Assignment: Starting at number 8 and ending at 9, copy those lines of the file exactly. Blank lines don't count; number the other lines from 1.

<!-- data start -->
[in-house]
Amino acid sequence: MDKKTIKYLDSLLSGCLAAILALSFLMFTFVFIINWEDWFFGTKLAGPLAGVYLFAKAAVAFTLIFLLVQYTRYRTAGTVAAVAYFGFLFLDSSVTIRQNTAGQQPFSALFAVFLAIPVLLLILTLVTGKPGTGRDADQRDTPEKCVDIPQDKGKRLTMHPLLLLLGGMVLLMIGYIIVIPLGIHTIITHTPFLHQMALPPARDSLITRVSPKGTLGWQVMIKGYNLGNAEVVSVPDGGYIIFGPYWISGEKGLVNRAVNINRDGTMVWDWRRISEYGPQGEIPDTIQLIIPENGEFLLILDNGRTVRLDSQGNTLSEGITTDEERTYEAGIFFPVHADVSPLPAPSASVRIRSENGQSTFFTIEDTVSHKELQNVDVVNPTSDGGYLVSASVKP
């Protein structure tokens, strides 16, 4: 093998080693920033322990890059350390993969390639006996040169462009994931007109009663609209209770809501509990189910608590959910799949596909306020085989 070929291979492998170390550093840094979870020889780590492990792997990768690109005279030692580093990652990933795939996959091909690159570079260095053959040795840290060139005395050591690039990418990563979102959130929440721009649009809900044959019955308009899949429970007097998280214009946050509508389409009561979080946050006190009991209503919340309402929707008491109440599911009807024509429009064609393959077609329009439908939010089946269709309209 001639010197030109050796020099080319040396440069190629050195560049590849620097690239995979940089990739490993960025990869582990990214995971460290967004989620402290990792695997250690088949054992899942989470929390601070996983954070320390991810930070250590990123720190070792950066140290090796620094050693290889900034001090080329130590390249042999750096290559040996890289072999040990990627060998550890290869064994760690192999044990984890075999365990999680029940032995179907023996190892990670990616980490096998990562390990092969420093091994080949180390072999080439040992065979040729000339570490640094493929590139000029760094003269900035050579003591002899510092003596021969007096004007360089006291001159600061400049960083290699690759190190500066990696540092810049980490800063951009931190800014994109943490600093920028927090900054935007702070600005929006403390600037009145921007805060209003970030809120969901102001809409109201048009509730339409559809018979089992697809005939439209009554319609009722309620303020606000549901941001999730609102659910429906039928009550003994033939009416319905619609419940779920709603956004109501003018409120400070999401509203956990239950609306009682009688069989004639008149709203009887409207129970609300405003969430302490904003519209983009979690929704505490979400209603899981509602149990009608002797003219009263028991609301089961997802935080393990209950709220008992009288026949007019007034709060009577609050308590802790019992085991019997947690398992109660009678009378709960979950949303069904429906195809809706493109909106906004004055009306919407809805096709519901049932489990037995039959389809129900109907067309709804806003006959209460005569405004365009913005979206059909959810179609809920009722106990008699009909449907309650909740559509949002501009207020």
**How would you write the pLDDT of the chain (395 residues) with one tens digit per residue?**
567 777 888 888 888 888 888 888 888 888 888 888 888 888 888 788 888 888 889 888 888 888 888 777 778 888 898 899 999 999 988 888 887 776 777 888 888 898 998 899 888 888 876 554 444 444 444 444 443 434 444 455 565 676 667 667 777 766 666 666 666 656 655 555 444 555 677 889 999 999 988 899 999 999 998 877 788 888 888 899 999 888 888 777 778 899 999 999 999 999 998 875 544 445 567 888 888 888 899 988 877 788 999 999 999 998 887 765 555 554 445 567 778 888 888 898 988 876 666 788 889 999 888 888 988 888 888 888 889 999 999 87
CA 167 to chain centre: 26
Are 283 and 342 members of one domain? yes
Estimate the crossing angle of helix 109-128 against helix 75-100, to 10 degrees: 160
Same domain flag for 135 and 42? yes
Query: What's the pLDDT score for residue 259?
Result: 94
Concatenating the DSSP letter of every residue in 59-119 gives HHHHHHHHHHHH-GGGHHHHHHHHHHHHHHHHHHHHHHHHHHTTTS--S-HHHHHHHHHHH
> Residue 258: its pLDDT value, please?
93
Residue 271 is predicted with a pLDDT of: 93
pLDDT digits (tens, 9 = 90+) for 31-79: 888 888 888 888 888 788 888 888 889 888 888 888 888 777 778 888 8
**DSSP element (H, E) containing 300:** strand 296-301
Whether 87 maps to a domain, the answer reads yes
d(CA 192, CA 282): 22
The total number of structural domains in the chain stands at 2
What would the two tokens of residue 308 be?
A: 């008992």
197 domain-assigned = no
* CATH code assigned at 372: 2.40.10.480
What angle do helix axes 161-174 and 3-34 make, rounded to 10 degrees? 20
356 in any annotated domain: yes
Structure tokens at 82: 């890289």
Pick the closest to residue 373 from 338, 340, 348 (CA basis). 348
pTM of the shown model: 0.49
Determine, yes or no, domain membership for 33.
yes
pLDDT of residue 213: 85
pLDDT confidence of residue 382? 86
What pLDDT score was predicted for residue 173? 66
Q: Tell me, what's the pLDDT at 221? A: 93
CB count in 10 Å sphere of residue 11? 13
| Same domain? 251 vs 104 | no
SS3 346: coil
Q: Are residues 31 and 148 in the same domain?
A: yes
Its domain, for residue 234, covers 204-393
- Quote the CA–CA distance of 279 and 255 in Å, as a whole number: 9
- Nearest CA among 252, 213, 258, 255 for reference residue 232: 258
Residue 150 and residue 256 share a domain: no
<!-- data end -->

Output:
Estimate the crossing angle of helix 109-128 against helix 75-100, to 10 degrees: 160
Same domain flag for 135 and 42? yes